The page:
Arts and Crafts Metalwork
23 July - 2 November 2003
The summer exhibition of Arts and Crafts metalwork is an exciting survey of the wealth of material produced by Arts and Crafts metalworkers in the period 1880 – 1910. It focuses on the work of the leading guilds and makers of this period, figures such as W.A.S Benson, Archibald Knox, Ernest Gimson, C.F.A. Voysey, John Pearson and John Paul Cooper, as well as the Guild of Handicrafts, the Keswick School of Industrial Arts, the Birmingham Guild, and the Newlyn School. All of these are displayed in the setting of Baillie Scott’s most important surviving house, Blackwell.
This exhibition looks at the wide range of styles that emerged from a melting-pot of materials and techniques. Some were clearly rooted in the past, for example the loop-handled bowls produced by C.R.Ashbee and the Guild of Handicraft reflect classical drinking cups. Archibald Knox’s famous designs for Liberty used the Celtic imagery found at his home on the Isle of Man to create a style linked closely to the continental Art Nouveau. Elsewhere the medieval period was a dominant influence, seen clearly in the grape and vine designs favoured by figures such as Ernest Gimson, who worked with the blacksmith Alfred Bucknell.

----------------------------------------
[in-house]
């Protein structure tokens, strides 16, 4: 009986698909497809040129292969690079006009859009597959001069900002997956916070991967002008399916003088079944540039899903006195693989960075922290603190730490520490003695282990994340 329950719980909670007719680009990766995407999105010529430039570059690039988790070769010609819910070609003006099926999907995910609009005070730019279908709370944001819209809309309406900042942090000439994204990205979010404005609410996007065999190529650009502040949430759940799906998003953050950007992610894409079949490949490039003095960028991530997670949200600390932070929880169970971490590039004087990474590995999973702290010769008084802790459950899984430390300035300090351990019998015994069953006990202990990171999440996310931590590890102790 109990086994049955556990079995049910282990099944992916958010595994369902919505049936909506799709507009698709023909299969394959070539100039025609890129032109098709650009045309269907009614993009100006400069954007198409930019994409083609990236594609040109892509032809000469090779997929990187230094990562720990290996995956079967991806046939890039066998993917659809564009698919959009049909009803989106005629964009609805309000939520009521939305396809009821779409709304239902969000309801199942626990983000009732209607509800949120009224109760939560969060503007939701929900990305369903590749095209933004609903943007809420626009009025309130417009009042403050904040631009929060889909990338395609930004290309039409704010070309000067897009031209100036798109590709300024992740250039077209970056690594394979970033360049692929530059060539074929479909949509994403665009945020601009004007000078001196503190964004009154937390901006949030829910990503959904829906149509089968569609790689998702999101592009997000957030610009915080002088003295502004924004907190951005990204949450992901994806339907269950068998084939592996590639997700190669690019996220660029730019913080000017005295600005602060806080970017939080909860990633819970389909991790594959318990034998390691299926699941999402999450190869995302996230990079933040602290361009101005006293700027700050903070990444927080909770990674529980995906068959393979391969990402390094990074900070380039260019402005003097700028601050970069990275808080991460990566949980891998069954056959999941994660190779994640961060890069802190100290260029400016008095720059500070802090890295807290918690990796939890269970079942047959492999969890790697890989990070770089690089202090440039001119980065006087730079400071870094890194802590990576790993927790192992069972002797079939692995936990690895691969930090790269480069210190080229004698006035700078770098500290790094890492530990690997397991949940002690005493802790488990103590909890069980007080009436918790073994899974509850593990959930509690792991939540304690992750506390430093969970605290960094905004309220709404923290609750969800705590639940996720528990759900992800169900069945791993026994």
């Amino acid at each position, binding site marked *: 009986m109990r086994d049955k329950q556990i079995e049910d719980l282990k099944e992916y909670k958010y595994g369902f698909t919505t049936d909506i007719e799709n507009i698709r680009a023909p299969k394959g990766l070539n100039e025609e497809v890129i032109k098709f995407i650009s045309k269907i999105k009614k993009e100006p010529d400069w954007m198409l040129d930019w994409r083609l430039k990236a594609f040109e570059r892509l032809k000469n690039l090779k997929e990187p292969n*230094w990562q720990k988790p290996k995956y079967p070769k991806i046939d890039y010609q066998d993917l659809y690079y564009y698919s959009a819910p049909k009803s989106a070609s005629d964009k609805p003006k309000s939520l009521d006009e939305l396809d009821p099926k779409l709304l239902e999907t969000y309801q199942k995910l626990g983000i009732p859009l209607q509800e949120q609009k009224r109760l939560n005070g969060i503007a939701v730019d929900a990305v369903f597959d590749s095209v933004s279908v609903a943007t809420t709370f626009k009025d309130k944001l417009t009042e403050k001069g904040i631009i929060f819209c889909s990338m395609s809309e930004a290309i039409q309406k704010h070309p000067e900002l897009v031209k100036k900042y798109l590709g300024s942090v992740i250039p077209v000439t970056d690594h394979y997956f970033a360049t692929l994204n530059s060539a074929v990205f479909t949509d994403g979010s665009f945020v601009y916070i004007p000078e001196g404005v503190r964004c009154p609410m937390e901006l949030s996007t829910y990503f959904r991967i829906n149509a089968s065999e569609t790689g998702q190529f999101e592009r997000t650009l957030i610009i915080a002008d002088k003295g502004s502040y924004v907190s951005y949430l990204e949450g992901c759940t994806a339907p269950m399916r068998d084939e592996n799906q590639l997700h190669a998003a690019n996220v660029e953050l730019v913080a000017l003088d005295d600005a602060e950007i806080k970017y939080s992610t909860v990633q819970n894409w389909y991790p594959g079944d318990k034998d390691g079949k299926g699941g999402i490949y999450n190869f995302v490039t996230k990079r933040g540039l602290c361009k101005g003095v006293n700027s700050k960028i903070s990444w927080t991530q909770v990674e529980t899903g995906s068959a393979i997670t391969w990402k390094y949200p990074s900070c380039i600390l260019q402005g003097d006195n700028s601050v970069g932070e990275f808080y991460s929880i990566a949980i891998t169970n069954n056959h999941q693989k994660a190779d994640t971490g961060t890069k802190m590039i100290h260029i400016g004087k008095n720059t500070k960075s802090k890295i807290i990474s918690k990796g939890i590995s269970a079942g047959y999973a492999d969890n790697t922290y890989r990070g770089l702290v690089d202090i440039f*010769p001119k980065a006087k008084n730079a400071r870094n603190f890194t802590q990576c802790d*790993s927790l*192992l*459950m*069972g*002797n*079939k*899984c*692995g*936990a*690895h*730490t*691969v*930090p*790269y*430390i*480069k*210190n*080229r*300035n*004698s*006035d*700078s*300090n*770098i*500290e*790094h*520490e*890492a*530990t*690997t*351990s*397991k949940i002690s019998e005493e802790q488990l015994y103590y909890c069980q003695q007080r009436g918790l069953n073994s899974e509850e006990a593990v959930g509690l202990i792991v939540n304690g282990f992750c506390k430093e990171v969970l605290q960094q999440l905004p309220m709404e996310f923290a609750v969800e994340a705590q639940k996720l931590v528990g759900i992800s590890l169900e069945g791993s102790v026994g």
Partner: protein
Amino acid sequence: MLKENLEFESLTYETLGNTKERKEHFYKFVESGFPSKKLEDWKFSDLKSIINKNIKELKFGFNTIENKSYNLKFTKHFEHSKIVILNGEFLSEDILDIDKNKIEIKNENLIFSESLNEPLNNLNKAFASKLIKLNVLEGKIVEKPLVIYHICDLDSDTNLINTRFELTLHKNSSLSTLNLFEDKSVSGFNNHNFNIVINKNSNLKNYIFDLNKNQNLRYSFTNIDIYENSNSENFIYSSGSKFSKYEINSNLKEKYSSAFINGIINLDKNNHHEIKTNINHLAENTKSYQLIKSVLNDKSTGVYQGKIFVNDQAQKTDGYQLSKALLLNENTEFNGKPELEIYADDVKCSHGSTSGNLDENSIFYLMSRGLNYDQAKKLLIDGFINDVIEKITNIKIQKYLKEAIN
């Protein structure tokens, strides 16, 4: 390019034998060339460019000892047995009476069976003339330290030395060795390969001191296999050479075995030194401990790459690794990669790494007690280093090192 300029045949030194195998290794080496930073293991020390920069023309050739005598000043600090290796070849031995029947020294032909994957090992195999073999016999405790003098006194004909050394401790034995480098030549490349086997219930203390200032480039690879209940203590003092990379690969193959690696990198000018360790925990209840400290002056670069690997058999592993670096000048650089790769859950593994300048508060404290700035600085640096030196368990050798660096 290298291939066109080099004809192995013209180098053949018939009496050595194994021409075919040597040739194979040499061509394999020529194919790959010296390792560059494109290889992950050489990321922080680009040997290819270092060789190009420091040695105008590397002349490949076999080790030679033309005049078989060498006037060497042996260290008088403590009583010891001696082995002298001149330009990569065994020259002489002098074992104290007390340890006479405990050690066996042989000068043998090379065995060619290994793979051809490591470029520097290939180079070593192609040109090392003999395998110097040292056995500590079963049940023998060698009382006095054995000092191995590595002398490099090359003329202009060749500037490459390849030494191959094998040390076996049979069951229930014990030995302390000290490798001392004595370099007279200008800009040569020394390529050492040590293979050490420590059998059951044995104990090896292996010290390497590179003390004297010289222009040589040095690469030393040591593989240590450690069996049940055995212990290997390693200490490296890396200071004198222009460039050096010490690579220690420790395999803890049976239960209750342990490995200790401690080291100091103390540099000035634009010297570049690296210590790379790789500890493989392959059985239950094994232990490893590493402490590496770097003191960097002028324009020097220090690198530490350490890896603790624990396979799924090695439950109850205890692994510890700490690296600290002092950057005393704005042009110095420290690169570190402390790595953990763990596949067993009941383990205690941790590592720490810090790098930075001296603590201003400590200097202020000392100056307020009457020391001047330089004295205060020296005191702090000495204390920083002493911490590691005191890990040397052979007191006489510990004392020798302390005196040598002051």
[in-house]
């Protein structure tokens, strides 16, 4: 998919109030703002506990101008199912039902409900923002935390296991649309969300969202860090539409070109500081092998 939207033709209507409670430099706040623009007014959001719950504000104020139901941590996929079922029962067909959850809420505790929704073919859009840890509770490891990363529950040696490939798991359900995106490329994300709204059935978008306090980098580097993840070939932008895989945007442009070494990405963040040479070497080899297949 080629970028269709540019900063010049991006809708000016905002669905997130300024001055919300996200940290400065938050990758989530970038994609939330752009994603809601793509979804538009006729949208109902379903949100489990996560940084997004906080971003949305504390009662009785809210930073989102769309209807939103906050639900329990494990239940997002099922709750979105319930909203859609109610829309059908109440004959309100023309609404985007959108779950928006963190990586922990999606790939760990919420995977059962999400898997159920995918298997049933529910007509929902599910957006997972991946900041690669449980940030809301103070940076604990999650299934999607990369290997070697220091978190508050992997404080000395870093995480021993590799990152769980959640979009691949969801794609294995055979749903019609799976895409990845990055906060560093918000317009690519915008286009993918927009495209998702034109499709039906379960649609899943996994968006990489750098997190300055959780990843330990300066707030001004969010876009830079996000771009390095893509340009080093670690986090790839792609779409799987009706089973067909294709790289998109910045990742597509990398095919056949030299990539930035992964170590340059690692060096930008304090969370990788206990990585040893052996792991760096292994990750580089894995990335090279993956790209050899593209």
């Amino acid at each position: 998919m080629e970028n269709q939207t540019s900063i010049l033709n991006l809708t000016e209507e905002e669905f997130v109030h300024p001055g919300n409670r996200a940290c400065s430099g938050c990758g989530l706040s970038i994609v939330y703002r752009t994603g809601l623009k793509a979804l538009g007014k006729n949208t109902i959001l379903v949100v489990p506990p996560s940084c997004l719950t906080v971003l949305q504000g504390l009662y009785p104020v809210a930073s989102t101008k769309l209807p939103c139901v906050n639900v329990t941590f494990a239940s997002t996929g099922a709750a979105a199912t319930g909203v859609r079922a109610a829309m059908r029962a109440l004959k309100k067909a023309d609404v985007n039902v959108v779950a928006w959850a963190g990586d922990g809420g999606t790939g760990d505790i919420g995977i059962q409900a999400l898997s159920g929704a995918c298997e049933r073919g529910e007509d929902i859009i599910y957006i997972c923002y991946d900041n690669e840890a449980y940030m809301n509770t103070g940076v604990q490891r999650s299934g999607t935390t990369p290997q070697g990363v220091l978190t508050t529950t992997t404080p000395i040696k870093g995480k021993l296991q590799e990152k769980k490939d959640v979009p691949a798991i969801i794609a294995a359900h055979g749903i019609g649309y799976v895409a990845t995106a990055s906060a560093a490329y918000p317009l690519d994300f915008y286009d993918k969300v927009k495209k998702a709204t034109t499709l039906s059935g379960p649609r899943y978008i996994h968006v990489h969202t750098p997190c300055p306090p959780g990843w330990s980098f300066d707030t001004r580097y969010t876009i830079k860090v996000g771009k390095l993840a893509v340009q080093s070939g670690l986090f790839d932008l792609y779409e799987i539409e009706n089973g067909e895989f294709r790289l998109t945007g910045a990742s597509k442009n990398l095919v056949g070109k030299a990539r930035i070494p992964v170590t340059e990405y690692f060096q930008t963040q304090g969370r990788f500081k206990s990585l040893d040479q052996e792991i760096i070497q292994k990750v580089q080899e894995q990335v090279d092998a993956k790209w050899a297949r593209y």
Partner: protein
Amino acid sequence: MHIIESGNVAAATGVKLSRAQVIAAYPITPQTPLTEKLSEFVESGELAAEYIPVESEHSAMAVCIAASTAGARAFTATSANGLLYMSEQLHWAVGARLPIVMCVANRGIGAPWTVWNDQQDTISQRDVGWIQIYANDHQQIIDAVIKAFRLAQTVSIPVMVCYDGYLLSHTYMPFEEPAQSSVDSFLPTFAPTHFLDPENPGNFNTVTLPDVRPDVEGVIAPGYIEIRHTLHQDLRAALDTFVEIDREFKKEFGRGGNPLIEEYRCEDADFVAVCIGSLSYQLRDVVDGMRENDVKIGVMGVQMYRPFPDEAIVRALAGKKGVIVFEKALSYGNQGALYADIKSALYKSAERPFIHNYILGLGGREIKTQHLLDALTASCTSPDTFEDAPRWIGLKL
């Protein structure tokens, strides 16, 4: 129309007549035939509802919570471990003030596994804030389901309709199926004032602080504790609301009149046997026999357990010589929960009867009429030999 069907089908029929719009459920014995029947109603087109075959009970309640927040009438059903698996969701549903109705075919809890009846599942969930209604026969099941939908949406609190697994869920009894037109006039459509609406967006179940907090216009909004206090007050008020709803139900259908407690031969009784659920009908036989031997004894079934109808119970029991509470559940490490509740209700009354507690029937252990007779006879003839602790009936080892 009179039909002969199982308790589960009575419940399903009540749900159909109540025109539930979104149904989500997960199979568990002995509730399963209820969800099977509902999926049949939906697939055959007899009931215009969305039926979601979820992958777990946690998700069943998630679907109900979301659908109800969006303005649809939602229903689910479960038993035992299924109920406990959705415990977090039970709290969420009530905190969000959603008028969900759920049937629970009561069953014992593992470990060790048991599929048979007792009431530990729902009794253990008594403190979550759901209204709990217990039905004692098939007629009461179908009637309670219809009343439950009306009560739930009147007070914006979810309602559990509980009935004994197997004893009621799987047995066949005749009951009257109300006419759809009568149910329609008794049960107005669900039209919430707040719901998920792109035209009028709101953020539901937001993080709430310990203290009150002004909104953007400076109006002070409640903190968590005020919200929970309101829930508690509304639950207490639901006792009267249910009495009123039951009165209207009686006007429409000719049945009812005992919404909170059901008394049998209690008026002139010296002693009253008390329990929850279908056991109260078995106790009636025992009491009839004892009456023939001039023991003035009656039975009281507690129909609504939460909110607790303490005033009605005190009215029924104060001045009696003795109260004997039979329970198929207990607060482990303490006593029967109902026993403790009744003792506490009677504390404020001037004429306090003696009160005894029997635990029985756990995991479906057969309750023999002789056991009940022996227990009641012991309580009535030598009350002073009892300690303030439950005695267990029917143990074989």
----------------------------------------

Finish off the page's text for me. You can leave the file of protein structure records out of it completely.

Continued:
Also on display are objects including copper chargers, silver tableware, and enamelled pieces that were produced at the Keswick School of Industrial Arts. Alongside there are examples of work produced in the metalwork classes of the Newlyn School, where the seasonally unemployed fishermen used the simple technique of repoussé to punch out designs in copper, decorating objects with traditional images of the sea and their trade.
Blackwell is the perfect setting for an exhibition of Arts and Crafts metalwork. Baillie Scott experimented in this field, as he sought to achieve a harmonious interior; designing features from enamelled fire-dogs through to copper light fittings which can be seen in the house today. His enthusiasm for traditional craft skills was shared by the leading metalworkers of the Arts and Crafts movement. Techniques such as wrought ironwork and enamelling gained popularity, as did materials such as copper and pewter.